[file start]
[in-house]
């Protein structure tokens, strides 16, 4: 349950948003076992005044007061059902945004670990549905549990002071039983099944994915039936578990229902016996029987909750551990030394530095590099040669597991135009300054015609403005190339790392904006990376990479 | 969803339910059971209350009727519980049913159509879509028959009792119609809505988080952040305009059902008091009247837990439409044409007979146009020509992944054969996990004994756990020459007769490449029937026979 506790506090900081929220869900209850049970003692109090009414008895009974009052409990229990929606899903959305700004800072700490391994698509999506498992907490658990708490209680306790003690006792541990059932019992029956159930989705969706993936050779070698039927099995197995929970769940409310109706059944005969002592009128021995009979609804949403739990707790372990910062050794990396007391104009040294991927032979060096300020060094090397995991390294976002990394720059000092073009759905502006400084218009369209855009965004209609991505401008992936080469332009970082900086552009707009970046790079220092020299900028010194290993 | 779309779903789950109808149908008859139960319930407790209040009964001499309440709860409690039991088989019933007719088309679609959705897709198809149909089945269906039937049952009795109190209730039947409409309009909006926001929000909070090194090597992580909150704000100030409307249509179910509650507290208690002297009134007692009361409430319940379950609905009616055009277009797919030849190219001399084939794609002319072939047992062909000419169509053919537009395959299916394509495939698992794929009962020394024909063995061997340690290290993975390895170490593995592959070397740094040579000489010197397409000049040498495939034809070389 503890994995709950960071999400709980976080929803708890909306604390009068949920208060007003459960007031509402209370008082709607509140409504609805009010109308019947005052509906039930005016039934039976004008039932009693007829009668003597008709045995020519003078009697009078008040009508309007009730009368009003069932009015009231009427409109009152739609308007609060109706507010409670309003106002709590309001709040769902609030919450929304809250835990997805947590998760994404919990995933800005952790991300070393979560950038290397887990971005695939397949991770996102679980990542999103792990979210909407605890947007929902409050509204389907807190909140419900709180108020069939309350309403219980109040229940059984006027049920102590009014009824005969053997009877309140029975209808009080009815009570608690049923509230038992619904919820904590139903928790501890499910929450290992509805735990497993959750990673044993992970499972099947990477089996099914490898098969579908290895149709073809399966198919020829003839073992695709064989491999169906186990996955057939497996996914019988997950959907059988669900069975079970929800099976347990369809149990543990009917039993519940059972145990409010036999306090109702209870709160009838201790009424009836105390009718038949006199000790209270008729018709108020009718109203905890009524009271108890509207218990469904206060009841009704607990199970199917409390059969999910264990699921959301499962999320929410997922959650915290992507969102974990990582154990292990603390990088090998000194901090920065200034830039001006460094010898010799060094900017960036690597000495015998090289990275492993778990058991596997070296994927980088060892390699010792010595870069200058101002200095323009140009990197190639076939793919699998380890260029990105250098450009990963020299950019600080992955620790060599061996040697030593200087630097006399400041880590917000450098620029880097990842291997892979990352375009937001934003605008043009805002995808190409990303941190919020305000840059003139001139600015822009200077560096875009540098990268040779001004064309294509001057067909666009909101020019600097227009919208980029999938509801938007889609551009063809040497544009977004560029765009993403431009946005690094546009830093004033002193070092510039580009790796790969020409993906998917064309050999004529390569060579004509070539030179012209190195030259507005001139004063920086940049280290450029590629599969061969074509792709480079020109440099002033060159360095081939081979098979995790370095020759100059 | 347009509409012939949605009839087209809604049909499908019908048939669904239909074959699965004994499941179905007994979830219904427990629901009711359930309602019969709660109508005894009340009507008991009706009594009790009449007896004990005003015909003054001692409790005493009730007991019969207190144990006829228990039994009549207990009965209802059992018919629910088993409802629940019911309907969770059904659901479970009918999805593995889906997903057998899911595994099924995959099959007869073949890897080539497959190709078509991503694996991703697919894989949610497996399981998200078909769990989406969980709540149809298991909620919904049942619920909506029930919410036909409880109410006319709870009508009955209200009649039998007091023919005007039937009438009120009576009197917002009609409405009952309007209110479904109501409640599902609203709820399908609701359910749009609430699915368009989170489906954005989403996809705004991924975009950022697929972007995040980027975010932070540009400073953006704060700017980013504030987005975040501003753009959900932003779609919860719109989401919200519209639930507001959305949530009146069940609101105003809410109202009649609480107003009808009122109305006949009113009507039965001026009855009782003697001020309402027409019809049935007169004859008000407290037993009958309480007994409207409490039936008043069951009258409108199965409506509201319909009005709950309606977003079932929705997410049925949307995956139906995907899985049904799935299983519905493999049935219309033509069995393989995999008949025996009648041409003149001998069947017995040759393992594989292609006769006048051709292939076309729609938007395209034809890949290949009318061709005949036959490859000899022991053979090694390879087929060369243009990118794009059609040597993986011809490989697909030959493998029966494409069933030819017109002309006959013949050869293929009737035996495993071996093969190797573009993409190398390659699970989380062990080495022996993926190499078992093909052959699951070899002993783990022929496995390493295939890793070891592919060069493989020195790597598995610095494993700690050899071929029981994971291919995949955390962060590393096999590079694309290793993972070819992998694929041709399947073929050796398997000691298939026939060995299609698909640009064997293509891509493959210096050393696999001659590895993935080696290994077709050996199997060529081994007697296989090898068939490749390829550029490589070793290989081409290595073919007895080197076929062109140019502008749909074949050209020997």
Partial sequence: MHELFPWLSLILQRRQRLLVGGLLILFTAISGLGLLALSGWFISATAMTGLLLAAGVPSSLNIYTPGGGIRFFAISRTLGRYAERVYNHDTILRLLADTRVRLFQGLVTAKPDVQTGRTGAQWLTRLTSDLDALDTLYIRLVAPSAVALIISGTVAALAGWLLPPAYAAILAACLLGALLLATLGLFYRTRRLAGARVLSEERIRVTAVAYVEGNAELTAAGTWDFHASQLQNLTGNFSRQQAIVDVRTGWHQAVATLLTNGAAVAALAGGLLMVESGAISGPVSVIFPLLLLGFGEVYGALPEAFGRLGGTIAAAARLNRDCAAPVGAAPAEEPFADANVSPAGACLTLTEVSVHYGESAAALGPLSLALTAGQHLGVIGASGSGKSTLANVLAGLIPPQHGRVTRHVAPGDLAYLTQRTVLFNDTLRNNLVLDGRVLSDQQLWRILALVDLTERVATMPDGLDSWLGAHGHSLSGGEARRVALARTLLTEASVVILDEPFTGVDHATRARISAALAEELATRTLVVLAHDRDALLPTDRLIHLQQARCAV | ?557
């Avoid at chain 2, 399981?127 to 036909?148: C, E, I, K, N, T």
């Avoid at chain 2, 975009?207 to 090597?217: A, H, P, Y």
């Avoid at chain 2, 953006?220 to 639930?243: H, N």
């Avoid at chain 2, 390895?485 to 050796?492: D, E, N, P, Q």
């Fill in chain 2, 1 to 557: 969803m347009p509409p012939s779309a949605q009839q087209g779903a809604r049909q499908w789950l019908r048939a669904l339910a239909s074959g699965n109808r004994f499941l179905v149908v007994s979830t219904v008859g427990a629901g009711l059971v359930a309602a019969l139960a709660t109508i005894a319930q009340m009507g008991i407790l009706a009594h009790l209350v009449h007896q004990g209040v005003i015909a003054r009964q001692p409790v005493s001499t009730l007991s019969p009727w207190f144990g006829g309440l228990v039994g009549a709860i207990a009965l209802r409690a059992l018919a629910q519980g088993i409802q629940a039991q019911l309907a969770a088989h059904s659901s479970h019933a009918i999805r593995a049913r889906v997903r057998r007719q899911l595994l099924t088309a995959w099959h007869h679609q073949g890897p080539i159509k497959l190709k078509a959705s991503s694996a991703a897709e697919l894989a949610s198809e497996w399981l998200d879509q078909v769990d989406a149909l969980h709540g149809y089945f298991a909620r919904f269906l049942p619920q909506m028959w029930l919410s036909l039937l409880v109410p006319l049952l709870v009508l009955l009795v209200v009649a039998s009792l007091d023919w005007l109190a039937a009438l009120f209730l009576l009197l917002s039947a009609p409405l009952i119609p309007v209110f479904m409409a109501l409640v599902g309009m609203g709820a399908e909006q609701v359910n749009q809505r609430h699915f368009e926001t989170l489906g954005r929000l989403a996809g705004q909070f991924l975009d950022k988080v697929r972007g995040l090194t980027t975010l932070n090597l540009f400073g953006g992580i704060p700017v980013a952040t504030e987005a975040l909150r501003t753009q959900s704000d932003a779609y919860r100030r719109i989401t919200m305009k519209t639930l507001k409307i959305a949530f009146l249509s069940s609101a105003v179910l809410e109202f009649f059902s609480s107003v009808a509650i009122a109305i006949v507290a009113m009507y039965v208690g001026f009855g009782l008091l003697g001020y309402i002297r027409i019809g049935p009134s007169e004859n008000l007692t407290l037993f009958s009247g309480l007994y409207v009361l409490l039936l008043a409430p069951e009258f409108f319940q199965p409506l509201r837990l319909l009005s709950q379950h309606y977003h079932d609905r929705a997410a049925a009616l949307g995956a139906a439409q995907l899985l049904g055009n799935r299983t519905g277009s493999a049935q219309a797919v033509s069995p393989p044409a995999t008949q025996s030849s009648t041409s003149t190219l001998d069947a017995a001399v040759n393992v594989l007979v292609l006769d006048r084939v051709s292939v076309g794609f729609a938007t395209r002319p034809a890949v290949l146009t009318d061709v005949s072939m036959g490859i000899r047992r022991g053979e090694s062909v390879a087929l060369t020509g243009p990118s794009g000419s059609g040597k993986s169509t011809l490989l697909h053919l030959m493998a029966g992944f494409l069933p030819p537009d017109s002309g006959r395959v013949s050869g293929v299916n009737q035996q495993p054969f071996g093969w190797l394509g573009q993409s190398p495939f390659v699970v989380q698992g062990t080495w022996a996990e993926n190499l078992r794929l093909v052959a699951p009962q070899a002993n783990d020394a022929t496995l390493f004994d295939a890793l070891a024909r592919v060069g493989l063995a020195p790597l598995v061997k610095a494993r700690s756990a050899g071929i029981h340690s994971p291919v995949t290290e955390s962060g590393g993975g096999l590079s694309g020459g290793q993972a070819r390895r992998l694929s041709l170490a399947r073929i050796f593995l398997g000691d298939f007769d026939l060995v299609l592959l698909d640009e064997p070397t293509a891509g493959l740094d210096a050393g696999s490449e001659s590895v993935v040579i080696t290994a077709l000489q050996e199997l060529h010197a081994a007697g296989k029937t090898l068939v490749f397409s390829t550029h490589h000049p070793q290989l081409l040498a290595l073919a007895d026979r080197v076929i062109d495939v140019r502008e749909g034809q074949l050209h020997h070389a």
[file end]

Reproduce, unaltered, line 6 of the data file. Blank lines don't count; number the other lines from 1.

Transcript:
């Avoid at chain 2, 953006?220 to 639930?243: H, N």